Saint Frances-A Much Needed Story of Love Regarding A Topic Filled With Hate
A heartwarming movie about abortion that doesn't take political sides and makes me understand what it's like to be a woman in at least some sort of capacity? I never thought I'd say this but sign me up! I am the grouchiest S.O.B. when it comes to trying to relate to other characters where my sense of empathy can range from nil to slim depending on the material. Within the first line of dialogue, I understood what Writer/Star Kelly O'Sullivan was saying when she casually expresses at a social gathering, her feeling of irrelevance relating to her age in the world. The heavy-handed line is delivered with a dry humor that is neither combative to an audience nor forceful in comedic delivery. It's a simple sentiment that many in my generation feel.
In the age of social media, we are surrounded by the fake lives of others who display their newborn baby pictures as prized trophies to hang on the wall to impress others. What about the thirty some odd olds who are still single, living in debt, never married, never had kids? Where is their representation in film? Sure they have it but are often treated as a punchline. "Saint Frances" is a film that shares the same sentiment of a Hal Ashby film that focusses on the recluses of society.
When taking the job of a nanny for a lesbian couple, Bridget (O'Sullivan) becomes an inadvertent part of the family. While life is growing in front of her with a newborn child that she must monitor along with a little girl, an accidental pregnancy leads to an abortion in Bridget's professional life. The thematic balance of life and death is not haphazard in the film. The abortion is not treated as a horrific questionable choice. It's just an event in the movie that happens then the plot continues without pondering on "is she going to get an abortion? Is she not?"
In Bridget's professional relationship with her boss, a mother of two, Maya (Charin Alvarez) and her nine older daughter Frances (Ramona Edith Williams), Bridget discovers that her impact on their lives makes her grasp how she's special. It has nothing to do with economic achievements or bearing a child of one's own. It has to do with going out of your way, earning the love of others. I remember becoming an uncle for the first time last year. There was no accomplishment in it, but the affection I immediately had for my nephew was euphoric. I've never felt so much like a kid again taking care of him when he needs help, feeding him, taking him out on activities, even changing his diaper. It almost makes me want to be a father like Bridget understands that one day she could be a great mother. The bond she develops with Frances is absorbent. Frances can stand on her own, yes she plays the stereotypical cute kid but isn't written as one. Frances asks challenging questions to Bridget unbeknownst to her the cruelty in her inquiries, much like any other child. She also provides the insight a young innocent can contribute to an adult who requires words of kindness in times of need.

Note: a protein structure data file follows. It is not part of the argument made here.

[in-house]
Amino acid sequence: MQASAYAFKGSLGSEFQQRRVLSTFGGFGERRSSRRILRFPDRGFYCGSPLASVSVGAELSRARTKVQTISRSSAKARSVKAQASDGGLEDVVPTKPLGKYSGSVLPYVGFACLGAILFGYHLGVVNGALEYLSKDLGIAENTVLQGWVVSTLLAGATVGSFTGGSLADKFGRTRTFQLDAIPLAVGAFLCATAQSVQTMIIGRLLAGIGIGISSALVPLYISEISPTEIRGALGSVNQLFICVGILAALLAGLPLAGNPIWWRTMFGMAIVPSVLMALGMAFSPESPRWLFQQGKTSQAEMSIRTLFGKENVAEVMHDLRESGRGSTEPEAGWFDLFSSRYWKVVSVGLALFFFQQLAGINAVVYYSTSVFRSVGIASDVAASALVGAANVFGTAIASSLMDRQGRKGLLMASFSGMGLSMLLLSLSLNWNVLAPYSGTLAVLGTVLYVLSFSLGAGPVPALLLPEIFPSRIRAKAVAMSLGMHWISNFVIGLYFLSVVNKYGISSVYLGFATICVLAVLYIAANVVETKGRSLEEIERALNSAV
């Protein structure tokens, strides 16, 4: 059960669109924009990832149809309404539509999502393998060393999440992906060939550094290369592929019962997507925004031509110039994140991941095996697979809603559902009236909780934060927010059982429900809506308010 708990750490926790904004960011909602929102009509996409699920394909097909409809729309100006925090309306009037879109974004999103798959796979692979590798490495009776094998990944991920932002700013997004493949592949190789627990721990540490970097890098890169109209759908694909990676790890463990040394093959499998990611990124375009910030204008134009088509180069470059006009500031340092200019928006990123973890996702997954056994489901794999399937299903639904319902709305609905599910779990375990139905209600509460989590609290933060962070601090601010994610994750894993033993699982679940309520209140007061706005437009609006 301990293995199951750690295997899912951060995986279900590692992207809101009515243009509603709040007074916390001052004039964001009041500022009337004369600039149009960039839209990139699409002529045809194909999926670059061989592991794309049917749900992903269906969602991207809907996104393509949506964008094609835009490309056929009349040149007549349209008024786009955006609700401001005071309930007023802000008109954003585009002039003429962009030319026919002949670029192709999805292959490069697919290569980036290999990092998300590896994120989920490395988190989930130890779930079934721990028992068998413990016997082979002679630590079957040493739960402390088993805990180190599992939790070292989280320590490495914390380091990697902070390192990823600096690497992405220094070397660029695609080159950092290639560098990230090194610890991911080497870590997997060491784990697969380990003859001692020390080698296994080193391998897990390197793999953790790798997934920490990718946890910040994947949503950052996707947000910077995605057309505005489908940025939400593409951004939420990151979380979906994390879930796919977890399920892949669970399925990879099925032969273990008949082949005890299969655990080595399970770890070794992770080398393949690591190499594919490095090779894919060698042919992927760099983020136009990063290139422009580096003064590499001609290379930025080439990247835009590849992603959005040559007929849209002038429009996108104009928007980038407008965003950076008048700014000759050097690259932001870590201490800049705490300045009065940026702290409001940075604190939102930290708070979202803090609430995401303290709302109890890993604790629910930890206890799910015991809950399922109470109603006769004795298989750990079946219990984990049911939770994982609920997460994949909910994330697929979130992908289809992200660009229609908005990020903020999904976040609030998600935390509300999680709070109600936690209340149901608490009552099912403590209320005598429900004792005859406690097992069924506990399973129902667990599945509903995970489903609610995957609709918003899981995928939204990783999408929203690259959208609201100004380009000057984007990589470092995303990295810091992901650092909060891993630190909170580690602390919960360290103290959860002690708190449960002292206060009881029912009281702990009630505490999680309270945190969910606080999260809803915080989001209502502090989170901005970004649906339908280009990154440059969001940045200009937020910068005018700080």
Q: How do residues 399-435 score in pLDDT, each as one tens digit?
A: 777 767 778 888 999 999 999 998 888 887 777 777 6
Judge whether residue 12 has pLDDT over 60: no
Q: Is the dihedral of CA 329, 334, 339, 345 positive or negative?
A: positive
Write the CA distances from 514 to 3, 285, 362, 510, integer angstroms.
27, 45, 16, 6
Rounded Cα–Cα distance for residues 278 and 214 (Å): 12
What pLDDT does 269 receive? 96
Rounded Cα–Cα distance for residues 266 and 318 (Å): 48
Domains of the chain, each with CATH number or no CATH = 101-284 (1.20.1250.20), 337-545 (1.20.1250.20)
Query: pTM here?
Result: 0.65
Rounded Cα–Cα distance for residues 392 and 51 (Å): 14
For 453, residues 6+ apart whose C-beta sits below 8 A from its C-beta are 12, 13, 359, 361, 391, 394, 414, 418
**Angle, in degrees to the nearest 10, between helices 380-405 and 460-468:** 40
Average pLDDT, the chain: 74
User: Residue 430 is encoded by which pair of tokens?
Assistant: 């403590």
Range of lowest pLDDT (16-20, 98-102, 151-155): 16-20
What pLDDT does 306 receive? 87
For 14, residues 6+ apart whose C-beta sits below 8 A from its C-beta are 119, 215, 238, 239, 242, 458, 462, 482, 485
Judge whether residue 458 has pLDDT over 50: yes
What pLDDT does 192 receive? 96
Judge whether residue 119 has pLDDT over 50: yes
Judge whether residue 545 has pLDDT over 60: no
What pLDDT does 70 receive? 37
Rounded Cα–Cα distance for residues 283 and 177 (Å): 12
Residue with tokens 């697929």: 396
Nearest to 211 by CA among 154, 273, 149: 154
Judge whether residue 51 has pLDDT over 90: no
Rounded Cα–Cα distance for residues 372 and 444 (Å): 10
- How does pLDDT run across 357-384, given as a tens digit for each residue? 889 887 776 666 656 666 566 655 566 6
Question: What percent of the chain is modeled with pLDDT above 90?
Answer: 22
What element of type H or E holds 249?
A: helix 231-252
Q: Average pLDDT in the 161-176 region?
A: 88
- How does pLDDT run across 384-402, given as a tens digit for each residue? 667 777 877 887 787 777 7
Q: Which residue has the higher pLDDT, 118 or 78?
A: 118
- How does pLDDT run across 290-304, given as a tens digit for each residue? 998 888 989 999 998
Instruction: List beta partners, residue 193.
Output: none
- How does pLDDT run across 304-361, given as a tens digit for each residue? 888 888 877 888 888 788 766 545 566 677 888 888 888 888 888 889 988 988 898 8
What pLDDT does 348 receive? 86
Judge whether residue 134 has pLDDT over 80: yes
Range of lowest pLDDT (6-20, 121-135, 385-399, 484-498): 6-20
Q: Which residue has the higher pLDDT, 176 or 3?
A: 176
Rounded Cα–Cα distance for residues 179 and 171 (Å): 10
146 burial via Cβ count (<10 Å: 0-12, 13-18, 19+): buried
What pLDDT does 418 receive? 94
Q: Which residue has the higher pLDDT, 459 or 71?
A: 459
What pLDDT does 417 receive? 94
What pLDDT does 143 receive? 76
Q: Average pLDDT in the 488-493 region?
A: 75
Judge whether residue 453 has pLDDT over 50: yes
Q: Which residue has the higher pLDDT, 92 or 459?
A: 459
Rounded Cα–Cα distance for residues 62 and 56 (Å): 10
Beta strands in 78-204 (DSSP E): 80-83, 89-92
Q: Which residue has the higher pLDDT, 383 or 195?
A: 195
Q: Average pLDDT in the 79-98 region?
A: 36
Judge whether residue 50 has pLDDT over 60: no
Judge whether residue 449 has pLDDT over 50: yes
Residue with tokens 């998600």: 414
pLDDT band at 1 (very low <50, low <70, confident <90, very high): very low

Through it's beautiful, there are some occasional stumbles. The sentimentality of the film can at times reach Spielbergian heights of eye-rolling gooeyness. Particularly in a confessional booth scene where I seemed to be the only guy in the audience that had a problem with it. I'm aware the entire title of the film is based on that scene, but it spells out everything we already know. Secondly, there's a character in the movie who's plotline could have been cut entirely but due to the actor's notoriety above the rest of the unknown cast, it'll stay in order to win the film distribution. Despite these unbalances "Saint Frances" is a film that is not only one that anybody in their thirties can relate to, but a loving picture about abortion that sees both sides that's essential to see in these times of incredulous despair. "Saint Frances" provides a beacon of optimism that we so desperately need. Love thy neighbor for she is unique just like you.